SHOWING CIVIC CLOUT

Home rolls out red carpet for Pelosi

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It’s said there’s no better marketing in the world than simple word-of-mouth.

In her many conversations with U.S. Rep. Eliot Engel, former House Speaker Nancy Pelosi kept hearing a lot about this assisted living facility in Engel’s Bronx district, and decided the time had come to finally check it out.

The California Democratic leader toured the Hebrew Home at Riverdale on Monday, joining Engel and a handful of other elected officials like Assemblyman Jeffrey Dinowitz and councilmen Andrew Cohen and Andy King. 

“The Hebrew Home is important because of the care that it gives and the compassion that it’s known for, but also for the example it is to the rest of the country,” Pelosi told reporters afterward. “Eliot Engel has been singing its praises. He takes great pride in what’s happening here.”

The Hebrew Home is no stranger to hosting political heavyweights, with a roster of past guests that range from late Massachusetts Sen. Ted Kennedy, to former Secretary of State Henry Kissinger, to even a stop in 2016 by President Bill Clinton while campaigning for his wife. And that doesn’t even begin to mention many city leaders, including a string of mayors like Ed Koch, Rudy Giuliani and Michael Bloomberg.

“It’s quite a remarkable place,” Pelosi said. “Maybe people here might take it for granted, but it is very, very, very special.” 

The former Speaker’s tour was led by Hebrew Home chief executive Daniel Reingold, who was quick to tell a crowd gathered in the facility’s atrium a short time later that Pelosi’s home state has 85 continuing care retirement communities. Reingold wants to open New York City’s first CCRC at Hebrew Home, but has faced opposition from neighbors surrounding the facility, who feel the planned transitional apartment buildings for people not quite ready to move into a nursing home is out of scale for its environmentally sensitive site.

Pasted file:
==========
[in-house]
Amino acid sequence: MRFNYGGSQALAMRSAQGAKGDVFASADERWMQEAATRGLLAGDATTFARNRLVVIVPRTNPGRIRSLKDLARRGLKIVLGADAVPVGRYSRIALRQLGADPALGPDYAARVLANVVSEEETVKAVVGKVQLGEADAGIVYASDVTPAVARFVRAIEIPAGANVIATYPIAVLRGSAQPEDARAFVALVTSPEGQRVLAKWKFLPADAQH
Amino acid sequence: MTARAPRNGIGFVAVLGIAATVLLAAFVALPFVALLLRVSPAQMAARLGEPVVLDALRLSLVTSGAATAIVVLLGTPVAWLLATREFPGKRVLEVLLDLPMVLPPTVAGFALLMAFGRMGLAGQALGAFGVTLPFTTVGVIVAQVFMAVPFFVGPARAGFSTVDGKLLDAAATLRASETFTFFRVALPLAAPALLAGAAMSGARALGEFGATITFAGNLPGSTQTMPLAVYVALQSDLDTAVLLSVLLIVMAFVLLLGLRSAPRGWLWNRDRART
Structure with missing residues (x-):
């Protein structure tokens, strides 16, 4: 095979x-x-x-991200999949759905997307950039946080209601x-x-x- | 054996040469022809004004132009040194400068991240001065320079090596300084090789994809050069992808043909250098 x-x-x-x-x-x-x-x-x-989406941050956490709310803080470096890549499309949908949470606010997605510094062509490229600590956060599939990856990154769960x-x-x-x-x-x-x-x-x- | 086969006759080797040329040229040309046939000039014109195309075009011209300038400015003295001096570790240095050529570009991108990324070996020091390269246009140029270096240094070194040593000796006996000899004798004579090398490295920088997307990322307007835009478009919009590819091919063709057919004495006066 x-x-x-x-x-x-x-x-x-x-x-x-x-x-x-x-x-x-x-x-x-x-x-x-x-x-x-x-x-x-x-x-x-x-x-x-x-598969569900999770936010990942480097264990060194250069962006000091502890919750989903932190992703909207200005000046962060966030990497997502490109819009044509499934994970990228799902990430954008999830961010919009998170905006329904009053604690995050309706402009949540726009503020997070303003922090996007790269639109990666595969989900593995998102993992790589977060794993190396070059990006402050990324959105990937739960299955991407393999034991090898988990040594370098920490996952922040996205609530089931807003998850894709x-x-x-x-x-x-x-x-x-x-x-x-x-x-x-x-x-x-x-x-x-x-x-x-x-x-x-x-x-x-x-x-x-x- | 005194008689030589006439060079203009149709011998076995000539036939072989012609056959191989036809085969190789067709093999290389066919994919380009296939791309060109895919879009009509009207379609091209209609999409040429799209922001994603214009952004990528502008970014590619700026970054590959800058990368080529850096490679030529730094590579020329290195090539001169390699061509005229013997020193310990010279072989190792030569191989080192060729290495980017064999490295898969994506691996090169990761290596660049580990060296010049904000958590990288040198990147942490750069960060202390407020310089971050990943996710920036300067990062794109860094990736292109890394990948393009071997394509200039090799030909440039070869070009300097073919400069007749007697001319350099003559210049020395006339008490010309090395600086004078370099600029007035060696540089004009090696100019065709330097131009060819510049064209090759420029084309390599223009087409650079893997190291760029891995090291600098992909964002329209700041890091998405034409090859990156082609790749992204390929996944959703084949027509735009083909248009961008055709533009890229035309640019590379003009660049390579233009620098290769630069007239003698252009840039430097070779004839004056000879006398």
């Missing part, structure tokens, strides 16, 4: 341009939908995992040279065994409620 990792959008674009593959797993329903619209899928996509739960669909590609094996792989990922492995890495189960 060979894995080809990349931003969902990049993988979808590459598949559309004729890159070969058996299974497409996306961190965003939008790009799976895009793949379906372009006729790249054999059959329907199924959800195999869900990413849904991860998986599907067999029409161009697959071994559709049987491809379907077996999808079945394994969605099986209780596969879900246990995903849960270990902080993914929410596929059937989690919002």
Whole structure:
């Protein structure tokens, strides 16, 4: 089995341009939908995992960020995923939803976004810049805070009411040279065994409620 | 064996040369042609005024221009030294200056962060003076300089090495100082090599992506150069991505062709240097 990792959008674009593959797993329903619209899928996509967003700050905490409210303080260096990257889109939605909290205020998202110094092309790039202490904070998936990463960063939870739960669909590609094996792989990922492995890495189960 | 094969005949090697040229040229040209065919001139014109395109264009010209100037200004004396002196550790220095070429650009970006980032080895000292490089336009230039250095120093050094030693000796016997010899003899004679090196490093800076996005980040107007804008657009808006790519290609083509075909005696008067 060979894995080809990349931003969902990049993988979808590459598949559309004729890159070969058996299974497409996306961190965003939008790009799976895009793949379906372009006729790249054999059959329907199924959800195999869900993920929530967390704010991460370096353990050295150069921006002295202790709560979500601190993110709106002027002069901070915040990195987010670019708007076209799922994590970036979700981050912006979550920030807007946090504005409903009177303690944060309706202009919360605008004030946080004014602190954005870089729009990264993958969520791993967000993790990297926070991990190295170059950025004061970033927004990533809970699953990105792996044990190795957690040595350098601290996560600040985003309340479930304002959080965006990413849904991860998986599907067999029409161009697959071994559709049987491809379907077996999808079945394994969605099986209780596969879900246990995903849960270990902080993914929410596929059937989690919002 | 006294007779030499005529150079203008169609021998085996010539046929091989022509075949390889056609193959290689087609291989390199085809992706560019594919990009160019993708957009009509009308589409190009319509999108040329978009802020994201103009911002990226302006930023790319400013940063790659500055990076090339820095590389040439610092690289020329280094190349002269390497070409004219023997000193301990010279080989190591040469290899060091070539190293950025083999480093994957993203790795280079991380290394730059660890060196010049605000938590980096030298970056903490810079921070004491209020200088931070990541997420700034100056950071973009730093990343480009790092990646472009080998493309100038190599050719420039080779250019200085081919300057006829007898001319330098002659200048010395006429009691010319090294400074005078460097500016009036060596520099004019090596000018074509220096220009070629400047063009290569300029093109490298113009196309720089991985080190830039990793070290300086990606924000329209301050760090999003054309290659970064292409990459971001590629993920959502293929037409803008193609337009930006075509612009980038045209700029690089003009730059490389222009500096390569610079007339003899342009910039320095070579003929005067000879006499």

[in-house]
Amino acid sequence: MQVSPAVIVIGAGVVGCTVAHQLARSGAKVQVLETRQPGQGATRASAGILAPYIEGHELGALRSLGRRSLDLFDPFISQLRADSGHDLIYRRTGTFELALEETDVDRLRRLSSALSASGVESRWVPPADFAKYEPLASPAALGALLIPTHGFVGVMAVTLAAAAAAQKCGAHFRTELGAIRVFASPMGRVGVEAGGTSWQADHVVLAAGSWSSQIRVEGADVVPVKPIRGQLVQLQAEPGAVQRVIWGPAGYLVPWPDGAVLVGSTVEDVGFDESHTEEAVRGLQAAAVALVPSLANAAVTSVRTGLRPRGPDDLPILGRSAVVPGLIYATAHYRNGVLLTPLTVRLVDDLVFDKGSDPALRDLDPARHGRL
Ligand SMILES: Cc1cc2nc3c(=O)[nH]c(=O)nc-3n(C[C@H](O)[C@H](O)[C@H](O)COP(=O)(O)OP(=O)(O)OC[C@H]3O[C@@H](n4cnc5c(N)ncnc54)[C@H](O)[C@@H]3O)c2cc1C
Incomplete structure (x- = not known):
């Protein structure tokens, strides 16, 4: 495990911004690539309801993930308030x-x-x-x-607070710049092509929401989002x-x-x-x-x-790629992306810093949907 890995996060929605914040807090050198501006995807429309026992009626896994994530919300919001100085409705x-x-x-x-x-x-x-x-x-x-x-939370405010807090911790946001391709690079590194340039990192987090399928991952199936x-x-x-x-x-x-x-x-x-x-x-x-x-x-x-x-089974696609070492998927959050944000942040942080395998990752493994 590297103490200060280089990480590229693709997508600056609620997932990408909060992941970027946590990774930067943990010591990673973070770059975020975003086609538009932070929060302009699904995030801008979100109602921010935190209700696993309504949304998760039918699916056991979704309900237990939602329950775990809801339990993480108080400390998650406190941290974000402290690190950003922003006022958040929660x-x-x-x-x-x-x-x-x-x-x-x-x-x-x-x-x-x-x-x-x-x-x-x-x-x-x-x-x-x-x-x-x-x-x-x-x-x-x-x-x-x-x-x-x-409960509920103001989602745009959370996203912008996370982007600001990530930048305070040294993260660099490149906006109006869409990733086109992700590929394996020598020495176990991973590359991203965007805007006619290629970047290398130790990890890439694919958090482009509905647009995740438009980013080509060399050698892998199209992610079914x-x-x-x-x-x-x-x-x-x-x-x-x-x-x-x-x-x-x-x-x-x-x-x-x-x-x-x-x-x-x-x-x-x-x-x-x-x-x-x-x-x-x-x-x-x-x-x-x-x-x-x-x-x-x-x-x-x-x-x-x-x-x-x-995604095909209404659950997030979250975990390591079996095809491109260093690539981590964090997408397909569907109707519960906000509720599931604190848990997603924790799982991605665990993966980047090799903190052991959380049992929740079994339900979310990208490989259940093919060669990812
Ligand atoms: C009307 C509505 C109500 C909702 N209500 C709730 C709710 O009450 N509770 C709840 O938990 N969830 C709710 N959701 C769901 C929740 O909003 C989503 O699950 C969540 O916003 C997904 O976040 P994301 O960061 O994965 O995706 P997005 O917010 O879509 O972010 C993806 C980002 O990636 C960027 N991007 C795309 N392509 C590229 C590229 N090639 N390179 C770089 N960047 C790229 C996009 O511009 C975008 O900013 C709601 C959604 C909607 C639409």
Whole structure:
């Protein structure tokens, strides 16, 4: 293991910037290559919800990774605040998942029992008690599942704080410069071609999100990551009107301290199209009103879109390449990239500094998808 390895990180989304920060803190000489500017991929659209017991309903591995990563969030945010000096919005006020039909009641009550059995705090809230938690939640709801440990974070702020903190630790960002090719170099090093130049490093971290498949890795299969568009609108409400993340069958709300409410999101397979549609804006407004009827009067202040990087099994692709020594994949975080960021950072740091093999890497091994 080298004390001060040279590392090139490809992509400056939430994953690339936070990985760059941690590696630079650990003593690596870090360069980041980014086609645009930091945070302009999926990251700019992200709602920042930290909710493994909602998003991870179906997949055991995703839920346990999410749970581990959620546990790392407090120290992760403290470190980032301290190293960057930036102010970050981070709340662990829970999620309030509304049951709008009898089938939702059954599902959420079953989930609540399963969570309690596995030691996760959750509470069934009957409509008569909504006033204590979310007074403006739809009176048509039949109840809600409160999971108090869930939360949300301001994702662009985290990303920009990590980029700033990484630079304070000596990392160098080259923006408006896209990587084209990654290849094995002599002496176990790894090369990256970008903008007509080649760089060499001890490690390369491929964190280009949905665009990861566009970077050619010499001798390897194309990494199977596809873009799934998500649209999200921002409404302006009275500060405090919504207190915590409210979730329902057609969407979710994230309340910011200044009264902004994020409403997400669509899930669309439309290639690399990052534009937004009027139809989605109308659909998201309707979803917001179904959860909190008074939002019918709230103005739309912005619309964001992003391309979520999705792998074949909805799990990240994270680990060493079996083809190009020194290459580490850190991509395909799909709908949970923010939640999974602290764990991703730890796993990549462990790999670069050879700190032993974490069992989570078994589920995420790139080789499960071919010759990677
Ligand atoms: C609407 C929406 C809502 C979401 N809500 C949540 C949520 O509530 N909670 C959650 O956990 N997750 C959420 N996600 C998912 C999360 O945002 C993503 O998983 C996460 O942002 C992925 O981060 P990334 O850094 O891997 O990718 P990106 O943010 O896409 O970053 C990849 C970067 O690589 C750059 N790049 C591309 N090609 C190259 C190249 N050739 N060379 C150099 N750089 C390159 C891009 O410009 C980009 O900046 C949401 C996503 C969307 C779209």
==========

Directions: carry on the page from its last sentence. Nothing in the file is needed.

But Pelosi and Engel focused instead on Republicans’ proposed health care cuts, including what the minority leader described as a $1.4 trillion reduction in Medicaid spending.

“It covers a large amount of elder care, long-term health care, whether at a community like this, or at home,” Pelosi told the crowd. 

Protecting health care funding is the least this country can do for older Americans, especially those living at Hebrew Home, Pelosi said.

“All of you, thank you for making America what it is,” she said. “You have raised our families, fought our wars in some cases, but also been a great resource, not only in your own lives and to your own families, but to the future of our great country. We have to recognize and respect that. 

“And that is what I saw here, the beauty of this place. The dignity of it all, respecting the dignity of each and every one of you.”

Pelosi’s visit may have been a welcome distraction, but the Hebrew Home is gearing up for what Reingold has hinted might be a battle for its own survival. Community Board 8’s land use committee is set to hear public comment once again Thursday night at Riverdale Temple on Independence Avenue, with the committee set to make its recommendation after a meeting Monday before going in front of the full board June 18.

A coalition of neighbors opposed to the expansion plan to offer a compromise at the June 7 meeting calling for a massive reduction in the proposed CCRC’s height. That includes reducing the planned 12-story building on the north campus to no more than eight, and reducing the south campus structures from a pair of four- and six-story buildings to one that basically fills the same physical space as the existing Passionist Retreat center. 

The group also calls for a promise not to build on remaining open space on the south campus, securing it with a conservation easement, which they say will be harder to violate. 

Hebrew Home spokeswoman Wendy Steinberg didn’t respond specifically to the neighbor coalition, but instead said in a statement that the facility “looks forward to continuing our participation” in the city planning process “as we present Community Board 8 and our elected leaders with our balanced plan for New York City’s first continuing care retirement community.”

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